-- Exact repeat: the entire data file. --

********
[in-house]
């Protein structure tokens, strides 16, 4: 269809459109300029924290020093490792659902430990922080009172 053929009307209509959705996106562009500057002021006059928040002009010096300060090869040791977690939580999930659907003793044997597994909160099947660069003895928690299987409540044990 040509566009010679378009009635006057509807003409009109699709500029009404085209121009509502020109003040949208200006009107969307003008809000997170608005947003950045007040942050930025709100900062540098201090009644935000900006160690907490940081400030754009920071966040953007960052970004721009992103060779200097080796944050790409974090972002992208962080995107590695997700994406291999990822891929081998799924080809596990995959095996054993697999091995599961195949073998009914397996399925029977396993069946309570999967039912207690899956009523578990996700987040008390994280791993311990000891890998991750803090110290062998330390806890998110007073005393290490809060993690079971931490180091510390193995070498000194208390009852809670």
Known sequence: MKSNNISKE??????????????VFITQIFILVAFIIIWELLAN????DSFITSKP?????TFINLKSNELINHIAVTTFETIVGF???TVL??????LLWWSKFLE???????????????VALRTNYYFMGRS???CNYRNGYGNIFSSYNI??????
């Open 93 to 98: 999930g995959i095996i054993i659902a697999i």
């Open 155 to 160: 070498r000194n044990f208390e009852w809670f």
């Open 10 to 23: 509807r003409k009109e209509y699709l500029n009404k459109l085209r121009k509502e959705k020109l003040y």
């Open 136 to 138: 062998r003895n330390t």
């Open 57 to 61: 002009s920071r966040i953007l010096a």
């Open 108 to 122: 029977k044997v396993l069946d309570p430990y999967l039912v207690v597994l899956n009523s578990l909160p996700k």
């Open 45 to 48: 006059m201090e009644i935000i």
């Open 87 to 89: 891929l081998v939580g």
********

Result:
[in-house]
């Protein structure tokens, strides 16, 4: 269809459109300029924290020093490792659902430990922080009172 053929009307209509959705996106562009500057002021006059928040002009010096300060090869040791977690939580999930659907003793044997597994909160099947660069003895928690299987409540044990 040509566009010679378009009635006057509807003409009109699709500029009404085209121009509502020109003040949208200006009107969307003008809000997170608005947003950045007040942050930025709100900062540098201090009644935000900006160690907490940081400030754009920071966040953007960052970004721009992103060779200097080796944050790409974090972002992208962080995107590695997700994406291999990822891929081998799924080809596990995959095996054993697999091995599961195949073998009914397996399925029977396993069946309570999967039912207690899956009523578990996700987040008390994280791993311990000891890998991750803090110290062998330390806890998110007073005393290490809060993690079971931490180091510390193995070498000194208390009852809670």
Known sequence: MKSNNISKE??????????????VFITQIFILVAFIIIWELLAN????DSFITSKP?????TFINLKSNELINHIAVTTFETIVGF???TVL??????LLWWSKFLE???????????????VALRTNYYFMGRS???CNYRNGYGNIFSSYNI??????
């Open 93 to 98: 999930g995959i095996i054993i659902a697999i």
């Open 155 to 160: 070498r000194n044990f208390e009852w809670f």
């Open 10 to 23: 509807r003409k009109e209509y699709l500029n009404k459109l085209r121009k509502e959705k020109l003040y």
């Open 136 to 138: 062998r003895n330390t």
């Open 57 to 61: 002009s920071r966040i953007l010096a």
């Open 108 to 122: 029977k044997v396993l069946d309570p430990y999967l039912v207690v597994l899956n009523s578990l909160p996700k």
């Open 45 to 48: 006059m201090e009644i935000i």
């Open 87 to 89: 891929l081998v939580g």